She has over thirteen years experience and she holds an academic qualification of 'Post Grad Cert in Advanced Disabilities Studies', and she's working on her Masters Degree in Human Services.

A Complete Resource Guide For Parents Who Have Children Diagnosed With Aspergers Syndrome

** This downloadable book is written by Dave Angel,
author of the above article **

I really don't have a way to introduce this downloadable book other than to tell you that I have been in contact with Dave for several years now and the man knows what he's talking about. And he's fun. He does videos while wearing costumes, I have laughed out loud and am actually grinning as I write this. At the very least, click through and read his page. I think you'll like what you find there. :o)

The Parenting Asperger's Resource Guide

Kindle Books (these work on computers, iPads, iPods, smart phones)

Asperger Syndrome and Young Children: Building Skills for the Real World

I don't have this book but I have read good things about it. I'd love to hear your opinion on it if you have it or purchase it.

Asperger Syndrome and Bullying: Strategies and Solutions

I wasn't aware of this book when I needed it most. Cameron was bullied so terribly, so terribly, it was literally an every day thing, sometimes more than once a day. And when one bully got away with it then another bully would go after him. Our kids are such easy targets. Some schools are getting on board and starting anti-bullying programs and many states as well but unfortunately it still isn't being taken seriously enough, even by those schools and states that have instituted programs. Even many school administrators and teachers are bullies. I've run into school administrative bullies in FOUR schools (his elementary school, the two middle schools he was in, and now his high school [although after much clawing and teeth gnashing, I did get the office bully at his high school to come around and see things my way]).

1-2-3 Magic, 4th edition

I have 1-2-3 Magic and I'll never be able to stress enough how much this book helped, how much it still helps. The strategies in here, combined with our own "tweaking" for our situations, have made this book the #1 book that I go to when I need help.

It says "Effective Discipline for Children Ages 2-12" ... Don't let that deter you. Reason: Most kids with Asperger's Syndrome are not the same age emotionally as they are chronologically. Although my son is 17 now, he's still young enough emotionally that the strategies in this book still work for him, I still find myself looking through it for help.

Asperger's Syndrome: A Guide for Parents and Professionals

This was one of the first books I bought. It introduced me to my son's world. I'd been floundering through for so many years and when he was finally diagnosed at 12 years of age, this book really helped me to understand a lot of what was going on with him.

The Complete Guide to Asperger's Syndrome

I don't have this book yet but it's written by Tony Attwood who wrote the book shown above this one, the book that was one of my first after my son was diagnosed. And it seems to be a popular book from what I've heard and have been told.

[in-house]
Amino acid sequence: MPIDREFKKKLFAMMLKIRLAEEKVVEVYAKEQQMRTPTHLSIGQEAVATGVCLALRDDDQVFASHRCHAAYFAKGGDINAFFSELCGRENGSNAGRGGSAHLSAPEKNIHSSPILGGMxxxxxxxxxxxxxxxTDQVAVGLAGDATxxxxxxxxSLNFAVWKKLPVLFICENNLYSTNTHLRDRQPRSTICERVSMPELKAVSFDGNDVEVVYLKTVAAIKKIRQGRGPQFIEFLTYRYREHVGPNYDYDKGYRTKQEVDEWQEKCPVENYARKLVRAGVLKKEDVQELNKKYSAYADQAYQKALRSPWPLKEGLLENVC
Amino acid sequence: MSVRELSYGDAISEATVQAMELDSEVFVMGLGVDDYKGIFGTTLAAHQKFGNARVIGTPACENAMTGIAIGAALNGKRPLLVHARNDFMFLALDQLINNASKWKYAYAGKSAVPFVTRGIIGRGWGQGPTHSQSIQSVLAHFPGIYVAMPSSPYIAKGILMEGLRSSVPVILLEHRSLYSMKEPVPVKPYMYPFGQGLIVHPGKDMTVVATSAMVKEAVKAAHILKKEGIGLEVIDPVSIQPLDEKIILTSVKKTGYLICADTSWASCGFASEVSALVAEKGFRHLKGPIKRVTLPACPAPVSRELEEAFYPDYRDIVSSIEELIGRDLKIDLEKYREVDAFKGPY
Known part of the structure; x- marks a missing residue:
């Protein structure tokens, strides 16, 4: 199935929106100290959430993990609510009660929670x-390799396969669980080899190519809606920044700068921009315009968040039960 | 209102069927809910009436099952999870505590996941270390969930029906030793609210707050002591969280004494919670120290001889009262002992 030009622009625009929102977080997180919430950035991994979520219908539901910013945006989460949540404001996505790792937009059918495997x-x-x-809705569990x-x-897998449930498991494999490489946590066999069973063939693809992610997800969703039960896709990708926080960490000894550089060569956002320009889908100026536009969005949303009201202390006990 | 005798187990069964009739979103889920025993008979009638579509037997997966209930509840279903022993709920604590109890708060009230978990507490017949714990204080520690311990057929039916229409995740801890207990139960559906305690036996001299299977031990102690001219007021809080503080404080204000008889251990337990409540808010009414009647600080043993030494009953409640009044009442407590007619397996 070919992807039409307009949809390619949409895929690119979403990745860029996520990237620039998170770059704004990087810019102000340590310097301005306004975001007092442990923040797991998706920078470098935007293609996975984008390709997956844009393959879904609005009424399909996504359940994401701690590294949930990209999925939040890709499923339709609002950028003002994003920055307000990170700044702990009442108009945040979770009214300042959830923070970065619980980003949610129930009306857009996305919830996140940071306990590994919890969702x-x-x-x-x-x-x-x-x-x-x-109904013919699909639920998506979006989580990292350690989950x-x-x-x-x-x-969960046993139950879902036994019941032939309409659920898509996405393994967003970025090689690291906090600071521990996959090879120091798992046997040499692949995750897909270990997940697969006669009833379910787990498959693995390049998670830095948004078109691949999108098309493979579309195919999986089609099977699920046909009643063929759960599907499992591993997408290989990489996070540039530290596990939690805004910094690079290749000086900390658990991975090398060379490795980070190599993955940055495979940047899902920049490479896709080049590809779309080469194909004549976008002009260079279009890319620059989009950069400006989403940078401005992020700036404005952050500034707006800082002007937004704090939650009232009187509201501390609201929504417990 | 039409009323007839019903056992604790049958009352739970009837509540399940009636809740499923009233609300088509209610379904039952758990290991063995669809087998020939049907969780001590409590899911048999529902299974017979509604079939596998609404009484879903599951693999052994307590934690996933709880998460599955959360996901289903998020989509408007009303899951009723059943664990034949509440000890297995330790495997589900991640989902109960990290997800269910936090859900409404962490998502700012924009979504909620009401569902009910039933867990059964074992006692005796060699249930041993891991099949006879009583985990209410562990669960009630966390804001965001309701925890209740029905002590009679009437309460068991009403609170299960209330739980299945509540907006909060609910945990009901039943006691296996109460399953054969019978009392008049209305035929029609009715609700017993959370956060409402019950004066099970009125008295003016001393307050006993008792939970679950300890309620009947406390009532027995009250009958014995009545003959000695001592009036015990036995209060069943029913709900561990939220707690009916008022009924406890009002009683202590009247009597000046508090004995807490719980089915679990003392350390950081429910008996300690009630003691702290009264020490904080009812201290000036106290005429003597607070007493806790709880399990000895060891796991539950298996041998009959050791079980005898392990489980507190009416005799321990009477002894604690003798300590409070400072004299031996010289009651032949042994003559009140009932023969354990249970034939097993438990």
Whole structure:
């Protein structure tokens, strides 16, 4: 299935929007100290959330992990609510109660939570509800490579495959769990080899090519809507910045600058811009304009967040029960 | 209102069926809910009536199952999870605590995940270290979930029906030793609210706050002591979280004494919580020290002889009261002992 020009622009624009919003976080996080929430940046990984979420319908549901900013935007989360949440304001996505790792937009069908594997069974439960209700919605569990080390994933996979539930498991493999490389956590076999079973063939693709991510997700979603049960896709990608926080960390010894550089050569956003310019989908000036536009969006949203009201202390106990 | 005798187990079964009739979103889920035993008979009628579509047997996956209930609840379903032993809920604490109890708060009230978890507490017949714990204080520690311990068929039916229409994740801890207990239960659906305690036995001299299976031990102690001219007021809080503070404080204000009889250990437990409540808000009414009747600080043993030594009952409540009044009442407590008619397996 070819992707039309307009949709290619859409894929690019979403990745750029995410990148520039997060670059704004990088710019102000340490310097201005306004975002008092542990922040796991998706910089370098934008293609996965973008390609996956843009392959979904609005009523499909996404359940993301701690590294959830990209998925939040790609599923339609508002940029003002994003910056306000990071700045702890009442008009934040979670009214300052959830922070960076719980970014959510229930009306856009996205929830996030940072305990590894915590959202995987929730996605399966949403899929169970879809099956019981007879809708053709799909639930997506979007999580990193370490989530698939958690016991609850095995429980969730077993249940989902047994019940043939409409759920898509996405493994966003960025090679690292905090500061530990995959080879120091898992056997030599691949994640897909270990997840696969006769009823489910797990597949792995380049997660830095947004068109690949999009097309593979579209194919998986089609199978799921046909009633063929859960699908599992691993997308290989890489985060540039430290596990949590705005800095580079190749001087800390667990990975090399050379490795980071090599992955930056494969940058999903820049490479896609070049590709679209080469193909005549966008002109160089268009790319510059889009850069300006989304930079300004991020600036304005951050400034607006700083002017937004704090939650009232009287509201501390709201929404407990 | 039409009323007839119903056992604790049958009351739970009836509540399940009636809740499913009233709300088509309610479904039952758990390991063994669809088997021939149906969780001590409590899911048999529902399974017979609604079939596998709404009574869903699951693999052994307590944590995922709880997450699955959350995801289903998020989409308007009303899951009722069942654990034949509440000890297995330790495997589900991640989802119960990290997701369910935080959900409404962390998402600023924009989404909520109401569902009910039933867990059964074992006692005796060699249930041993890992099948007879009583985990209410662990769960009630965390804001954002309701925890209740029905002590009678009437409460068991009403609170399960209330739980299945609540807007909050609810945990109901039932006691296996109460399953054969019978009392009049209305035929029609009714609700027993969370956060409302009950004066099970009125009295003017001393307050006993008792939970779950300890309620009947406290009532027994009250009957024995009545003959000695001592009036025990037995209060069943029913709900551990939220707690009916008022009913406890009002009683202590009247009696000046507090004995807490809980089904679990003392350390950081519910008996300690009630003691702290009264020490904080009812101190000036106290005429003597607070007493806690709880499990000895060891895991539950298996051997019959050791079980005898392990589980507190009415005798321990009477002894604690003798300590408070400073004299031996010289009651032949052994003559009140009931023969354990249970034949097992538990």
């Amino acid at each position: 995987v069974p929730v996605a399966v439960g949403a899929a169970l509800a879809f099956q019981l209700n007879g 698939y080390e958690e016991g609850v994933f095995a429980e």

The Best Asperger's Books

Below are a whole bunch of the best Asperger's books that can be found for coping with the behaviors of a child with Asperger's Syndrome. You can put on order the ones that you find interesting and while waiting for them, you can read the instant download books above.

An outstanding community for those who are parenting Asperger's

Here is An Outstanding Parenting Aspergers Community that you might want to consider joining. Current members love the site and the creator (Dave Angel, the guy who wrote the article on this page), gets endless positive emails from them.

Doctors suggest medication for your child's behaviors

Oftentimes the doctors are quick to prescribe medications for our kids' behaviors. Have you had doctors recommend that you put your child on this or that drug?

After much arguing with the doctors on my part, we ended up following their suggestions and did put our son on medication, several medications.

While some of the meds did help, it turns out that others were contributing to the problem. Trazadone caused him to "hear voices telling him to do terrible things"!

One thing I learned for sure, medication in and of itself is not the be all to end all. There is still plenty of work to be done to help with behaviors, work that does not involve medication. To be sure, sometimes medication can help in the sense of it can calm a child so that he/she is able to work with behavior modification but the side effects are so dangerous and unhealthy.

I look back now and I wish I had known about natural remedies before I agreed to put him on those dangerous medications.

If you're interested and want to look into it before considering putting your child on psychotic drugs, click here to learn about natural remedies for the symptoms of Asperger's Syndrome.

I can't stress enough how important it is to consider the natural remedy options over the manmade drugs. Our son was put on Lithium and it ended up messing up his thyroid. So then not only was he on these frightening psychotic medications, then he had to start taking thyroid medication as well.

Through much work on his and our part, he is actually now 100% medication free! But I can honestly tell you, if the need should arise, I will definitely go the route of natural before I do man-made drugs again.

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Book Reviews

I'm so tickled that authors have been contacting me and asking me to review their new books for them!

Please contact me if you'd like me to review yours. :)

Fiction, Non-fiction, Auto-Biographies, Instructional books, etc., I'm interested in them all. :)

For as much time as I spend researching Asperger's Syndrome this website should have thousands of pages but because my son has Asperger's Syndrome I find that the things I want to work on very often are not the things that I have to work on so I'm still not able to spend as much time on it as I'd like to.

As he heads into adulthood (he turned 20 on Dec 13 and yep I need to update some areas of the website where it has his age) I'm finding that I have even less time on my hands as I spend more time trying to master the puzzle of how to help him transition into "life after high school".

That's where Autism Tomorrow: The Complete Guide To Help Your Child Thrive In The Real World comes in.

It's a guide to help your kids after high school. You'll find parts of the book will be applicable and some won't depending on your child's current age. Although the title implies "Autism after high school" there is still quite a bit in there about what to do help prepare your child for "real life".

It's a great book!